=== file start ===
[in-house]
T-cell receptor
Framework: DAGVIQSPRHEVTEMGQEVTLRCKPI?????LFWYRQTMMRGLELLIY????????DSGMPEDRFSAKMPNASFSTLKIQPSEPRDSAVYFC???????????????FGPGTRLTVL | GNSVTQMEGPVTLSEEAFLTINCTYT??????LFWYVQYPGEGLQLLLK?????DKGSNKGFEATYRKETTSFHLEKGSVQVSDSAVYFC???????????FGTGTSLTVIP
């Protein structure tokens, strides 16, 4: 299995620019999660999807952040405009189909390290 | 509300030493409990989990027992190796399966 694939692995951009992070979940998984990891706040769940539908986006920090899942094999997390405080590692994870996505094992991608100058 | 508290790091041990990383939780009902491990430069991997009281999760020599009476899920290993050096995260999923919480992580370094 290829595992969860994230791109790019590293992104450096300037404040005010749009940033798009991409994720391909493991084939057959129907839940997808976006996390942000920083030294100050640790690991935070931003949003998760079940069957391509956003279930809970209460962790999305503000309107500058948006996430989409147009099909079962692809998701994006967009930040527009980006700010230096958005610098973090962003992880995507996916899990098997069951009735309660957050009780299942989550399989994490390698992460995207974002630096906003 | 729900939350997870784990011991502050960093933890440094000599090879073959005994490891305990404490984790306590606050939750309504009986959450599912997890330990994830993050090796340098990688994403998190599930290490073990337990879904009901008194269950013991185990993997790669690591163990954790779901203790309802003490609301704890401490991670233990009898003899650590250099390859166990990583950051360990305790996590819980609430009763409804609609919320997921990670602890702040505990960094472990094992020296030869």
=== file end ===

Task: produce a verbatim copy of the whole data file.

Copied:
[in-house]
T-cell receptor
Framework: DAGVIQSPRHEVTEMGQEVTLRCKPI?????LFWYRQTMMRGLELLIY????????DSGMPEDRFSAKMPNASFSTLKIQPSEPRDSAVYFC???????????????FGPGTRLTVL | GNSVTQMEGPVTLSEEAFLTINCTYT??????LFWYVQYPGEGLQLLLK?????DKGSNKGFEATYRKETTSFHLEKGSVQVSDSAVYFC???????????FGTGTSLTVIP
């Protein structure tokens, strides 16, 4: 299995620019999660999807952040405009189909390290 | 509300030493409990989990027992190796399966 694939692995951009992070979940998984990891706040769940539908986006920090899942094999997390405080590692994870996505094992991608100058 | 508290790091041990990383939780009902491990430069991997009281999760020599009476899920290993050096995260999923919480992580370094 290829595992969860994230791109790019590293992104450096300037404040005010749009940033798009991409994720391909493991084939057959129907839940997808976006996390942000920083030294100050640790690991935070931003949003998760079940069957391509956003279930809970209460962790999305503000309107500058948006996430989409147009099909079962692809998701994006967009930040527009980006700010230096958005610098973090962003992880995507996916899990098997069951009735309660957050009780299942989550399989994490390698992460995207974002630096906003 | 729900939350997870784990011991502050960093933890440094000599090879073959005994490891305990404490984790306590606050939750309504009986959450599912997890330990994830993050090796340098990688994403998190599930290490073990337990879904009901008194269950013991185990993997790669690591163990954790779901203790309802003490609301704890401490991670233990009898003899650590250099390859166990990583950051360990305790996590819980609430009763409804609609919320997921990670602890702040505990960094472990094992020296030869």